Say what you mean, and mean what you say

This missive is prompted by something that happened at work the other day, but don’t let that put you off.

Any (good) student of communications theory and public relations knows what communications models are; and if you don’t, dear Reader, then I should point you towards a blog post by Wadds from 2012 (and his Chartership paper). Different models for different occasions.

One of my tasks is to proof publications, including information posters and leaflets – the ‘public information’ model. With my background in librarianship it’s something I relish. Over the years we’ve (PR team) developed some standards, which our colleagues don’t seem to have noticed, just by the number of amends I have to make. We assume that people know what year it is but not necessarily what day of the week a date is: so we’d write ‘Sunday 20 March’, rather than ‘20th March 2016’. A bus making a particular trip from A to B is a journey. A collection of journeys is a service. Services travel along prescribed routes. You get the idea.

This partly came about to stop such nonsense on notices as “213 buses will not call on Saturday due to road works”. I know what you mean, but the casual reader might not.

This came to a bit of a head yesterday when something I had rewritten to make clearer was rejected in favour of the original – despite the original containing some fairly basic errors such as the frequency of the services in question being omitted. “People will understand” and “it’s only for online” was the upshot of the response. Being a professional PR practitioner I didn’t sign off on the document and it was taken away, unsigned, to go into production anyway. It’s not a printed document now, which seems to make people care less about what they produce compared to a solid artefact that can be waved under noses.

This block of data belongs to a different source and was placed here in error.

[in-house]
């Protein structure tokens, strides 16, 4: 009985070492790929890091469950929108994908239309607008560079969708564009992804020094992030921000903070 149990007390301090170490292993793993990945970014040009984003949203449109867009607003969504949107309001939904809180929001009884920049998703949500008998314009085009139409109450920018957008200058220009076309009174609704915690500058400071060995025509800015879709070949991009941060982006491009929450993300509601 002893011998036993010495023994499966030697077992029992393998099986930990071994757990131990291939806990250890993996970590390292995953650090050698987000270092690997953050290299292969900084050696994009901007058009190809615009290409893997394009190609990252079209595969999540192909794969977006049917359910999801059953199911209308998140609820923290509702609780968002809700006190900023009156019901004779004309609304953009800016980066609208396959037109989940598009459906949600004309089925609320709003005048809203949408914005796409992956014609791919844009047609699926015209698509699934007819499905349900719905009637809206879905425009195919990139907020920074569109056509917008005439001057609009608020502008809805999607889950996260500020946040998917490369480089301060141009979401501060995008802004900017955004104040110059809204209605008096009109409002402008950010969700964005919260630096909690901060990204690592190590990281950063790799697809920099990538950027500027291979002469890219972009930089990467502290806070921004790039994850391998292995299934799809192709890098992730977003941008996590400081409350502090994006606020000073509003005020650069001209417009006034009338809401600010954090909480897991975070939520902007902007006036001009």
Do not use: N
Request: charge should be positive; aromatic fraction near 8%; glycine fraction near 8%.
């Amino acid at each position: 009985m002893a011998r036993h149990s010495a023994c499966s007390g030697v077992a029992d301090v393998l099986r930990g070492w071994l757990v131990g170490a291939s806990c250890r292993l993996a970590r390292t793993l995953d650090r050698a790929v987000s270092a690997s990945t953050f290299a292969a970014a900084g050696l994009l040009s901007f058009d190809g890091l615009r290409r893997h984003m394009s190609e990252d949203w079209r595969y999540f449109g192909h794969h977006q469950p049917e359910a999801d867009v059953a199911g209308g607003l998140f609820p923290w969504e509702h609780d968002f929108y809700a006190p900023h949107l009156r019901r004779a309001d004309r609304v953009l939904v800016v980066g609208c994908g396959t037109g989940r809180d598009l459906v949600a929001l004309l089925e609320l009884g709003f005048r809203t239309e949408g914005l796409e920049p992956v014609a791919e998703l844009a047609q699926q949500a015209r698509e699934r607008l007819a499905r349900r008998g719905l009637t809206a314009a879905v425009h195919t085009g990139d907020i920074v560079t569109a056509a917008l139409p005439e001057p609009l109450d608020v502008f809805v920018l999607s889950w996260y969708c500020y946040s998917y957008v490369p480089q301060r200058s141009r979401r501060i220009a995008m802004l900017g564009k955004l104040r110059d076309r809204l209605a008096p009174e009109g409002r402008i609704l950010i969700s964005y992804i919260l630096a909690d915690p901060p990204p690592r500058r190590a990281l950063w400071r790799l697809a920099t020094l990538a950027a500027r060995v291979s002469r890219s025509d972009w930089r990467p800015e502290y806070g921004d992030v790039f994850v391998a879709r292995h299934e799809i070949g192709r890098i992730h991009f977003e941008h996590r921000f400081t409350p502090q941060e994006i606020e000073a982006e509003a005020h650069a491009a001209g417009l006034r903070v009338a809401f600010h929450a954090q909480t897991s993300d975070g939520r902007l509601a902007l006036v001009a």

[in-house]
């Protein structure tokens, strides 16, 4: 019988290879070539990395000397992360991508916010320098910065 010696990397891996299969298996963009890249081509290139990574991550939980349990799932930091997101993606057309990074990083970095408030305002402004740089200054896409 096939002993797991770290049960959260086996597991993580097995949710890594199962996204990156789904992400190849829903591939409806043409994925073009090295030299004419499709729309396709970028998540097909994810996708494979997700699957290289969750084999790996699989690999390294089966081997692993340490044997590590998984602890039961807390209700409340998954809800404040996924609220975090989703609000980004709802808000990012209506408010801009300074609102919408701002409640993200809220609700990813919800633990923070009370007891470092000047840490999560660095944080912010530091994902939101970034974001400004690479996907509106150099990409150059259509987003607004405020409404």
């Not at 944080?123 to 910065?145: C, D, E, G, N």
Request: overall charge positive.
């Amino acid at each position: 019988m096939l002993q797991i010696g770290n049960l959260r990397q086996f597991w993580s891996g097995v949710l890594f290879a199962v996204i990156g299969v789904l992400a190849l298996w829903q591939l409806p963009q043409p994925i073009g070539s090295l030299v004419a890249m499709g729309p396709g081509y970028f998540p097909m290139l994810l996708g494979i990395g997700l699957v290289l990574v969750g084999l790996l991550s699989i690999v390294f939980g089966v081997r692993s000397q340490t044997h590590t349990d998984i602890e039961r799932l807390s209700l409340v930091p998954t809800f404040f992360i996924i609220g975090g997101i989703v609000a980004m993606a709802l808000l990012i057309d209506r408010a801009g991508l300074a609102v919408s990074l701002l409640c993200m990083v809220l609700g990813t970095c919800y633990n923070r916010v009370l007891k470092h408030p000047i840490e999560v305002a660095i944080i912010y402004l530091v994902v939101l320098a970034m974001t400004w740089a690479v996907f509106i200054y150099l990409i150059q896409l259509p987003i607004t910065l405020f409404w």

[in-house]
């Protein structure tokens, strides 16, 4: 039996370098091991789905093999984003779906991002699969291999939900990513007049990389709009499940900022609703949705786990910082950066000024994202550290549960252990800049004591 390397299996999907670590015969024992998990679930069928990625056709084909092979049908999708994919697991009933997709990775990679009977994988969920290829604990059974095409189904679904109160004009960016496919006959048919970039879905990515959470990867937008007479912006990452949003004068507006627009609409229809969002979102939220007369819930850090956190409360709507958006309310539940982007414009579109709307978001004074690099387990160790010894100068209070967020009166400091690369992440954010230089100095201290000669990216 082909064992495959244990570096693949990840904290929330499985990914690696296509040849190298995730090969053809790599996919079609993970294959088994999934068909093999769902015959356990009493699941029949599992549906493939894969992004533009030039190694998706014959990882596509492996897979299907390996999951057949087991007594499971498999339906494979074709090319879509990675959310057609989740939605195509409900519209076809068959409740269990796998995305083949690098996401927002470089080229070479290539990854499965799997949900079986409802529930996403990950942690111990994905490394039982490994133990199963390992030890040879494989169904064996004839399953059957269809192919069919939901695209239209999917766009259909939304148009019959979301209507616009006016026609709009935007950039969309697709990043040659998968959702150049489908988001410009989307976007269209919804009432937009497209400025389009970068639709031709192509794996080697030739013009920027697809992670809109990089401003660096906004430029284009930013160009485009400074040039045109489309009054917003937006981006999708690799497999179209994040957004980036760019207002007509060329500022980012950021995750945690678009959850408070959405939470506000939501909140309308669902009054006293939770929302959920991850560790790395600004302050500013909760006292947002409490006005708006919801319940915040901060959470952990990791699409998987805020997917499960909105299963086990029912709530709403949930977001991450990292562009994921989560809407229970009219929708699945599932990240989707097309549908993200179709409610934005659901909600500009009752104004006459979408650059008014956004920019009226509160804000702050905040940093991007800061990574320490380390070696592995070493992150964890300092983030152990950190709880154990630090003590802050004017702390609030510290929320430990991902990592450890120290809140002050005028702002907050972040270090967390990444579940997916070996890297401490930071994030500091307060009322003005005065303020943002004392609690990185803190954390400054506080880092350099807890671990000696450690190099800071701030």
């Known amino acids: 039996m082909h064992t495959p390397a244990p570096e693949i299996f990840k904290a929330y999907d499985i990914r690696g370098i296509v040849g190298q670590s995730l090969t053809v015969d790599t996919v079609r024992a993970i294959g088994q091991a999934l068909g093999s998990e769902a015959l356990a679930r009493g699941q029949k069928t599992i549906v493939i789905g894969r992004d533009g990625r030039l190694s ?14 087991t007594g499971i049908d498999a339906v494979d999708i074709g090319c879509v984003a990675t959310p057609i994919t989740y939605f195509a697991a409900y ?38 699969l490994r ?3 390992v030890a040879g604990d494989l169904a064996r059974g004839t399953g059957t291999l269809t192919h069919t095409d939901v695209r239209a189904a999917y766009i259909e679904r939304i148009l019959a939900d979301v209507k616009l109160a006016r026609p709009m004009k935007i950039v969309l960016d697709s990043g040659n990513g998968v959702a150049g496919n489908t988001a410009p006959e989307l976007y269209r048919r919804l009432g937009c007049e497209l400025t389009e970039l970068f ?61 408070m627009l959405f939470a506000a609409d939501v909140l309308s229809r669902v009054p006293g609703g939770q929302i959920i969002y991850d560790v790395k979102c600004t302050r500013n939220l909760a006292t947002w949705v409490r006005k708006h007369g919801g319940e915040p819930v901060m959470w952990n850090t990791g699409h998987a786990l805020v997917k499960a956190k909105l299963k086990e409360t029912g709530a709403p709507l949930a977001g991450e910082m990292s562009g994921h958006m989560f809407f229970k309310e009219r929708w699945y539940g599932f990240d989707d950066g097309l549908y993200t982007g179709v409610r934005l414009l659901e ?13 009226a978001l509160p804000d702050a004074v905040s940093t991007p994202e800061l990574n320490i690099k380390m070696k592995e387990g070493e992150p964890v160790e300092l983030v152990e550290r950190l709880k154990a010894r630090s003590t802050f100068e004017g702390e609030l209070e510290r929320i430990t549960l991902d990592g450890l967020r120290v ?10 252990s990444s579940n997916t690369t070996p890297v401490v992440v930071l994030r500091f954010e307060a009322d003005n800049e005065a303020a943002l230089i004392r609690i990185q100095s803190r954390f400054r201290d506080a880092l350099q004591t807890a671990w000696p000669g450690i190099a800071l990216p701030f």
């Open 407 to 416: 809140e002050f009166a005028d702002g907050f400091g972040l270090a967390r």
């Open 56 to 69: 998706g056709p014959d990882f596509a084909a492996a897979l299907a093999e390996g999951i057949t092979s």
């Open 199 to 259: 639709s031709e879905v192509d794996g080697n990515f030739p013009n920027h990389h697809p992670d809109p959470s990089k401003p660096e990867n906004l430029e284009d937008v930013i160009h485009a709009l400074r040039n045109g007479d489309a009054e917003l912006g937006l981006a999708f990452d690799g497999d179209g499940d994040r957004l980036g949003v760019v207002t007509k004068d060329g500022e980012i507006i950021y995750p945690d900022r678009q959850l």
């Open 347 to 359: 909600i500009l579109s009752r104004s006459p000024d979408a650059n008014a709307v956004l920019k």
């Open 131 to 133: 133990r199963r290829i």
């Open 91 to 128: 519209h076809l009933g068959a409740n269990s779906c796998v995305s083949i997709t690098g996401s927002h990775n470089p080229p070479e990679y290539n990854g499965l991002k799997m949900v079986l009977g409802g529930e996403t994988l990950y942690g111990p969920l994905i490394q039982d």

But here’s the thing. Good communications is not a rubber-stamping exercise for whatever someone thinks is correct, it’s about facilitating and promoting understanding. In this instance, providing clear, concise and precise information to passengers, and not assuming that they understand whatever ‘bus-speak’ guff has been written. English might not be their first or second language; they might not know the area; they might not be regular bus users.

And, it’s about the management of our reputation as the authoritative source of such information.

If it’s nonsense we’ll soon get calls asking for an explanation of what it actually means, so why not get it right and make ourselves clear in the first place?

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